Department of Education officials should pay attention to ensuring that students aren't affected by outside factors, like being moved to a new facility, according to the report. Illness, quarantine, facility maintenance, and a host of other external factors can "have an extreme impact" on students who are incarcerated, according to the report.

Some students were forced to withdraw from the Second Chance Pell program after being transferred to a different prison over the availability of beds, the working group wrote.

"When a student is moved to a different facility in the middle of a term, or even before they complete their program, their grades, progress toward completion, and future aid eligibility may be negatively affected," the report reads.

The Department of Education should work to allow prison education programs to have the authority to ask state corrections agencies to hold students in place so they can finish out their education or at least finish their courses, the working group recommended, and ensure that a student can continue their enrollment at a new facility if a move is needed.

What Institutions Should Consider

Communication and a strong game plan for prison education programs will be key for success, the working group wrote. The report notes that financial aid offices should play an important role early on and have a voice in program development.

"By including the institution's financial aid experts in the process, implementation problems can be avoided," the report reads. "This will also ensure that Title IV compliance requirements are clear to all institutional stakeholders. Developing lines of communication among all stakeholders within the institution, prior to bringing in third parties such as prisons or state agencies, is critical."

Higher education institutions should also clearly assign responsibilities among their departments for the new programs to avoid unnecessary overlaps and set up policies for students who aren't eligible for the restored Pell Grants, the report reads.

Creating a clear cost of attendance model for students is also important, the working group wrote, and colleges should create "simple, standardized" charges to cover course materials and eliminate fees that don't apply to students who are incarcerated.

Colleges will also need to set up a strategy to make sure students have access to information on course offerings and financial aid, whether through workshops or other means, the working group wrote.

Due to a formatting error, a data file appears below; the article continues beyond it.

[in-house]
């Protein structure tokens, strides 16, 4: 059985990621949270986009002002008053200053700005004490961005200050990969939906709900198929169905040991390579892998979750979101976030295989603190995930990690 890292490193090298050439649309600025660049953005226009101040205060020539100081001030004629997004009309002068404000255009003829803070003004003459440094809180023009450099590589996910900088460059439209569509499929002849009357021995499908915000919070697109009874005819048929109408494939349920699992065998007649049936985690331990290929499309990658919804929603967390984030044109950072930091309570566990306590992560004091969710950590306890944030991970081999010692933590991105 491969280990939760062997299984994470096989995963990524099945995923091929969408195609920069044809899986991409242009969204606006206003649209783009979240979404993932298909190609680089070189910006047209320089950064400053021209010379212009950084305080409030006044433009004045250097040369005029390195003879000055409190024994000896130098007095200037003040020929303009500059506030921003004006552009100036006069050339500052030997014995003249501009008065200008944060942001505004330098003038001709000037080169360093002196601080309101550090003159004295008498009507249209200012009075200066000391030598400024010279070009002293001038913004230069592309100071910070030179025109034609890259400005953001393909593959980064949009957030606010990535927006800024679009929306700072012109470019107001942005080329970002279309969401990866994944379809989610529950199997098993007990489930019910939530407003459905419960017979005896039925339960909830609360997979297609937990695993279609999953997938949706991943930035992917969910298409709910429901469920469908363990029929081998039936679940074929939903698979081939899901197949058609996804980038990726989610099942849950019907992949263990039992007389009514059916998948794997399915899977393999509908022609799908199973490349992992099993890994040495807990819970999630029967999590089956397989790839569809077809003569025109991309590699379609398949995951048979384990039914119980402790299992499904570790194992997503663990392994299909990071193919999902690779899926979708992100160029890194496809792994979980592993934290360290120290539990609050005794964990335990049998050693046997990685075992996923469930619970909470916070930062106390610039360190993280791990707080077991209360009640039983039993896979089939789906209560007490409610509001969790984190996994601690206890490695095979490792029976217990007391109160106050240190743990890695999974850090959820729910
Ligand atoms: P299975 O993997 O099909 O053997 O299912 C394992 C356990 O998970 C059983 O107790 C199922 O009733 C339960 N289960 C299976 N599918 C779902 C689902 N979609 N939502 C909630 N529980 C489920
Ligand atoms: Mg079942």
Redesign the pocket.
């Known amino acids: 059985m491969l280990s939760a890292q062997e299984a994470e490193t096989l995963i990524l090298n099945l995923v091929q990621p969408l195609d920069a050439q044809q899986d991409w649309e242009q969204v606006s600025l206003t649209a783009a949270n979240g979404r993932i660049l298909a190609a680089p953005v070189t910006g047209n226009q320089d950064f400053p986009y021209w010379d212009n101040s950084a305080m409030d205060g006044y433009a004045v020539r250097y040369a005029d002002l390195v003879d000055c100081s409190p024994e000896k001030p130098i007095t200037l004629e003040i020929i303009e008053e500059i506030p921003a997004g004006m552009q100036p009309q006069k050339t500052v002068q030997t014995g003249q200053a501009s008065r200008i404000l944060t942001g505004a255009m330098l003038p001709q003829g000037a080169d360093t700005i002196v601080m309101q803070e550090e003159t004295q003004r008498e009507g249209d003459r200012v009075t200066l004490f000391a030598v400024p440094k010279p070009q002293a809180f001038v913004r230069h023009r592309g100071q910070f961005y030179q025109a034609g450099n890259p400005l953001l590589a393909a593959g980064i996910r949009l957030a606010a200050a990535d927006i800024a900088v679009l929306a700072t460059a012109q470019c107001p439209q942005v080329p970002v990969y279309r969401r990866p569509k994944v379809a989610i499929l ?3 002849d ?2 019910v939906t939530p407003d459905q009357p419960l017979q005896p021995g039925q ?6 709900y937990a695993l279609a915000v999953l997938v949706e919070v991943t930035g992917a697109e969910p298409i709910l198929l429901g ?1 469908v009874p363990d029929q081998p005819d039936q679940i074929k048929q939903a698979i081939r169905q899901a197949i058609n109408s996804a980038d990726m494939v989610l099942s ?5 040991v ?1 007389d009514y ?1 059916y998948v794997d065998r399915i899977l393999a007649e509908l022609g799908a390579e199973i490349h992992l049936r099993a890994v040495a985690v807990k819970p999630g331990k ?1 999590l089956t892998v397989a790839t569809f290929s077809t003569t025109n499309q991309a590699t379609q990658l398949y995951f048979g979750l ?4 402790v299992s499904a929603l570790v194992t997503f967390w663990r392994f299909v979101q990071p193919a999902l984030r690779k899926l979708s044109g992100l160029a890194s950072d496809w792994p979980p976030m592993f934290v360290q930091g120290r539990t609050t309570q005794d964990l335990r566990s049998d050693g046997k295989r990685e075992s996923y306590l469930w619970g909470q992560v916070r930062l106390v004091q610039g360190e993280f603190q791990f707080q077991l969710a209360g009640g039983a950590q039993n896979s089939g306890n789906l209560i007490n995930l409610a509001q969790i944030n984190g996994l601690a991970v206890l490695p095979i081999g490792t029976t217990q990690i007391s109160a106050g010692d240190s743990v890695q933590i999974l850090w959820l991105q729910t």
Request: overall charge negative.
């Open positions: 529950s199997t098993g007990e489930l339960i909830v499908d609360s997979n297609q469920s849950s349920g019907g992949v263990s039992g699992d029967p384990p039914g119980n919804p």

Similar to how education officials and lawmakers need to consider how students are affected by circumstances beyond their control, colleges will need to support students withdrawing from courses.

The report recommends that colleges educate students about the impact that withdrawing from a course could have on their current and future eligibility for prison education programs, and look at ways to support students who are withdrawing due to external factors like being transferred to another facility.

"If a student is switched to another facility, it is important to communicate with the transferring institution so that academic transcript is shared — along with providing an opportunity for a Leave of Absence (LOA) type of option for the student," the report reads.

What the NASFAA Can Do

The working group also released recommendations for the NASFAA, largely centering around providing assistance and training to college staff involved in prison education programs.

The working group said the NASFAA should work to "establish the financial aid community as a knowledgeable, engaged part of the prison education community that is regarded as the premier source of expertise for those with questions on financial aid for incarcerated students."

Partnering with national associations that focus on prison education, as well as supporting state-level groups that are looking to include incarcerated students in more localized financial aid programs, will also be important as prison education programs roll out, according to the report.